Ring out the want, the care, the sin,
The faithless coldness of the times;
Ring out, ring out my mournful rhymes
But ring the fuller minstrel in.
Faithless coldness nips sharply at the Catholic bloodstream with Pope Francis launching an all-out cold war against the Traditional Latin Mass, edging it and its Christ-loving adherents toward exile and perhaps even a preplanned schism. The uniquely lukewarm liturgies of the broken Vatican Council are being spitefully paraded and applauded and insisted upon as though they were the emperor’s new clothes. At the same time, Austin Ruse’s book proclaims there’s “no finer time to be a faithful Catholic,” and he’s right. Let us ring like singing minstrels on the road with Fr. Altman and the FSSP. “Vulpes foveas habent et volucres caeli nidos Filius autem hominis non habet ubi caput reclinet.”
Ring out false pride in place and blood,
The civic slander and the spite;
Ring in the love of truth and right,
Ring in the common love of good.
As a publicly professed Catholic, President Biden should uphold the natural law and protect the innocent lives of unborn babies—especially if he approaches the Lord’s Table, despite what Pope Francis allegedly told him in Rome. Of course, the highly anticipated USCCB Eucharistic document overtly sidestepped all the overt issues of the day regarding the proper reception of Holy Communion. But scandal and slander though it be, let us not forget the beams in our own eyes and let those who eat and drink to their own judgment deal with their conscience now and their God in time to come.
Justice will come to those who pray patiently for the common good, as may be proved if Roe v. Wade ends up on the Supreme Court’s chopping block after the 2022 ruling on the Mississippi law banning abortion after 15 weeks of pregnancy. (Thank you, President Trump.)
Ring out old shapes of foul disease;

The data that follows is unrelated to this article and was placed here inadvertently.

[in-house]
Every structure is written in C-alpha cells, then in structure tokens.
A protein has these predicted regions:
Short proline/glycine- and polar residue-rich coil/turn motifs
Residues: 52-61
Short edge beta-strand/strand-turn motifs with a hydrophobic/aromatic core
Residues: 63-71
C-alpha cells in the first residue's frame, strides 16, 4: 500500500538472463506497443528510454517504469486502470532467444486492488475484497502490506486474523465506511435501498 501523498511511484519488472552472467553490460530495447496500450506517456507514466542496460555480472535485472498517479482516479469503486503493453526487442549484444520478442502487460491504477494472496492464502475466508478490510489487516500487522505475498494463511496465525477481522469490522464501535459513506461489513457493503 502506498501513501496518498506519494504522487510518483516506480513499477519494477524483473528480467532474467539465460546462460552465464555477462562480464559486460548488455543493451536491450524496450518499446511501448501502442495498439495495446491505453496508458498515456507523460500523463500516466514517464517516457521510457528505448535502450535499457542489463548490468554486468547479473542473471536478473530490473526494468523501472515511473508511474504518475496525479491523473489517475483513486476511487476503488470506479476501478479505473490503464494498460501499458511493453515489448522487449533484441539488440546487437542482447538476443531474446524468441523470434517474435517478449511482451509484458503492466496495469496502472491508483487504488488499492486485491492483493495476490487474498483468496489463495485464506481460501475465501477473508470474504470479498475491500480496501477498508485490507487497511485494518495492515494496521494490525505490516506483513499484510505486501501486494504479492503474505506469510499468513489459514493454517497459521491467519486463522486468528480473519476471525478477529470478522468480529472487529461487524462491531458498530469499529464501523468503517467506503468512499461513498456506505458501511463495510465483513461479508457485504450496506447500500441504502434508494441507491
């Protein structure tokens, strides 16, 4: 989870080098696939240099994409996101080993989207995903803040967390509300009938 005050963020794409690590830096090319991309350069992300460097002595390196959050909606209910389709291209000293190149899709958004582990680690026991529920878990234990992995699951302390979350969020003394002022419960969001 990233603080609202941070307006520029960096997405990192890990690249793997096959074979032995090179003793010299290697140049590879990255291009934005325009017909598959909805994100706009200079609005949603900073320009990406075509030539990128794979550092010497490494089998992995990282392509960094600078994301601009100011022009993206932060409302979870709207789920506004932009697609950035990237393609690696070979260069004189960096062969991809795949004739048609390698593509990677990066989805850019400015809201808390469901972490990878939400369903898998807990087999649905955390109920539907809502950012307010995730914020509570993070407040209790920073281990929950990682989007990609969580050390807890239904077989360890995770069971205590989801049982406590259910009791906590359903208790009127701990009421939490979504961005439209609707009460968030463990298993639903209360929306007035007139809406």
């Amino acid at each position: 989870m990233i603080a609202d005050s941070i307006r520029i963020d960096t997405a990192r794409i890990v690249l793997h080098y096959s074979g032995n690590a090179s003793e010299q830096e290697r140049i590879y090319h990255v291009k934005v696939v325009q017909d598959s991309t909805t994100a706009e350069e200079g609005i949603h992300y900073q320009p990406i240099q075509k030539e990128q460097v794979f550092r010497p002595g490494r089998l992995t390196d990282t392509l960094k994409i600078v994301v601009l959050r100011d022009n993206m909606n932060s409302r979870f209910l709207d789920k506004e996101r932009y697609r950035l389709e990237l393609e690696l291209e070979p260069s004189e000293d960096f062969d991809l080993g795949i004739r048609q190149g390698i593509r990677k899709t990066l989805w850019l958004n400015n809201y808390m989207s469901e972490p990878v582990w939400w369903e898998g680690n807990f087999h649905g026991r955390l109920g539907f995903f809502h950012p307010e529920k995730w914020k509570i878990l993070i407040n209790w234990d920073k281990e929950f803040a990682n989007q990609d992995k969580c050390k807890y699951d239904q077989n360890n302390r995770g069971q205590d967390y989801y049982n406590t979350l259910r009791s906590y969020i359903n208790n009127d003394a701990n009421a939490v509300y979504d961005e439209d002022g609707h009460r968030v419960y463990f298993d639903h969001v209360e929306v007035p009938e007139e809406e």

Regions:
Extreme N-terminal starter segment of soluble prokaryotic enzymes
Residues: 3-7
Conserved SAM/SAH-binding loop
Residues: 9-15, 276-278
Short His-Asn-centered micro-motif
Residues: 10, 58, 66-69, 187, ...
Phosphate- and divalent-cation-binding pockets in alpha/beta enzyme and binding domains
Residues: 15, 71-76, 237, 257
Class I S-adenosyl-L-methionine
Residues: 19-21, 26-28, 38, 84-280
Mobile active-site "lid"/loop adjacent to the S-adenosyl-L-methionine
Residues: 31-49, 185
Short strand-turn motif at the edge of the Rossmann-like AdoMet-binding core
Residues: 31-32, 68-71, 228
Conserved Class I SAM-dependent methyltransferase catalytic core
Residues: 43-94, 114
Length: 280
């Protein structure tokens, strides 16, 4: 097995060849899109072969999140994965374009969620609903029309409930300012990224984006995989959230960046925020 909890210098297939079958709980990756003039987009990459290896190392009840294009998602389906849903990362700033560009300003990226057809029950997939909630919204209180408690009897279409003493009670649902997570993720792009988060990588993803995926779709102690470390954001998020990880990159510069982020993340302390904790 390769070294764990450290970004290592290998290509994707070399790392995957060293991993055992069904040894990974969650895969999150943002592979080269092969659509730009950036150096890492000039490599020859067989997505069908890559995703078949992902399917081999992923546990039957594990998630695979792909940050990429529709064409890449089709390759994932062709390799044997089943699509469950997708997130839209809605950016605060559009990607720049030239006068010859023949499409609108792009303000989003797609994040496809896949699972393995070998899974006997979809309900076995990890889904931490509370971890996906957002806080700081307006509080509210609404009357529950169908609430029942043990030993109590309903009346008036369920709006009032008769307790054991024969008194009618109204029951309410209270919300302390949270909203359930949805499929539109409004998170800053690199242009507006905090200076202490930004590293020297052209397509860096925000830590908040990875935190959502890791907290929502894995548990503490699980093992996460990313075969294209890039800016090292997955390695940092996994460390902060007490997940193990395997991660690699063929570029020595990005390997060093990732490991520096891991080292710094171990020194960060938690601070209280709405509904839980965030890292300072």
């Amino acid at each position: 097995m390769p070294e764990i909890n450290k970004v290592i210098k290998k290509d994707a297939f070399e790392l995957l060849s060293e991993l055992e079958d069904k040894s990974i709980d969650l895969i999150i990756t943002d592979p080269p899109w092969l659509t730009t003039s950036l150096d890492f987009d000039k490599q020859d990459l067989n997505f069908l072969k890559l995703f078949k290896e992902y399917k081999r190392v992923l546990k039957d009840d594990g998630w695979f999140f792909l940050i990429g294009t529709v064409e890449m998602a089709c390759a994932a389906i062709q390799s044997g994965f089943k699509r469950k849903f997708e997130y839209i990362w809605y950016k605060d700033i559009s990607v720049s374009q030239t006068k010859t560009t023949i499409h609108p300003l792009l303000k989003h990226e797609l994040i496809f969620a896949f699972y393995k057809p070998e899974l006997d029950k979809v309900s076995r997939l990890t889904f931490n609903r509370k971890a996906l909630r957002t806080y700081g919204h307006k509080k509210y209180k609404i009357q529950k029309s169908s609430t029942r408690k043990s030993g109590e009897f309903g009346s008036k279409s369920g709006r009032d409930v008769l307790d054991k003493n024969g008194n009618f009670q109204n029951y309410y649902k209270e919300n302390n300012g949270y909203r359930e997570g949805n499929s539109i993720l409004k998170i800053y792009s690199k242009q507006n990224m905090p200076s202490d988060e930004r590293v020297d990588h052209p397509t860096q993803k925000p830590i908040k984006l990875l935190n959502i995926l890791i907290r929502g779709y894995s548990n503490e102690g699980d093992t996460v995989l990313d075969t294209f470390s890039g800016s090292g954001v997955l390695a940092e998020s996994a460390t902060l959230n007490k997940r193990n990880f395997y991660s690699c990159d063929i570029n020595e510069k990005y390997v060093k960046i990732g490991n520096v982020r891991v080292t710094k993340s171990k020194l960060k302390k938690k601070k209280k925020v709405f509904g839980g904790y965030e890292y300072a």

Ring out the narrowing lust of gold;
Ring out the thousand wars of old,
Ring in the thousand years of peace.
The time has come for COVID-19 to assume the shape of seasonal flu. Though lives and livelihoods have been sadly lost, buried somewhere in the panic over the pandemic is a lust for political power and pharmaceutical gold. Foul feelings over lockdowns, masks, and vaccine mandates still fester, and Catholics should stand their ground wherever and however they can against absurdity and moral compromise. But calmly accepting this strain of sickness for what it is, is the realistic and scientific stance. The media above all want this war to drag on like another Afghanistan, but it is old news. Let COVID die. Let us resist what we must in an attitude of peace and leave the wild war of the epidemiologists in our wake.
Ring in the valiant man and free,
The larger heart, the kindlier hand;
Ring out the darkness of the land,
Ring in the Christ that is to be.
The thing that makes the Catholic Faith beautiful is its indomitable optimism. For us, there is always forgiveness, a chance to begin anew, and the expectation of Christ. The world is not unhappy and broken. The pessimism that fragments reality is a chimera. Creation is not divided but unified. Like Don Quixote, we ride forth valiantly in the power of Christian optimism, Christian ingenuity, and the glorious Christian folly that perceives the highest realities in the lowliest realities. With larger hearts and kindlier hands, we must ring with the brightness of great faith in a faithless land to catechize, convert, and conquer with the simple, steady insistence of a bell.
We ring in the New Year with bells rung backwards because we have dreams that are lofty, and we believe in them. It is only when the vision is lost, when pragmatism shakes off perfection, when marvelous ideals are replaced with mundane impositions, that tragedy sets in, ringing in what Tennyson calls “the want, the care, the sin/The faithless coldness of the times.” Let us ring in 2022 with joy, and instead of wringing our hands over the misfortune and madness that infests the past and threatens to infect the future, let us wring out the old year like a rag and keep scouring with a will.
[Image Source: Unsplash]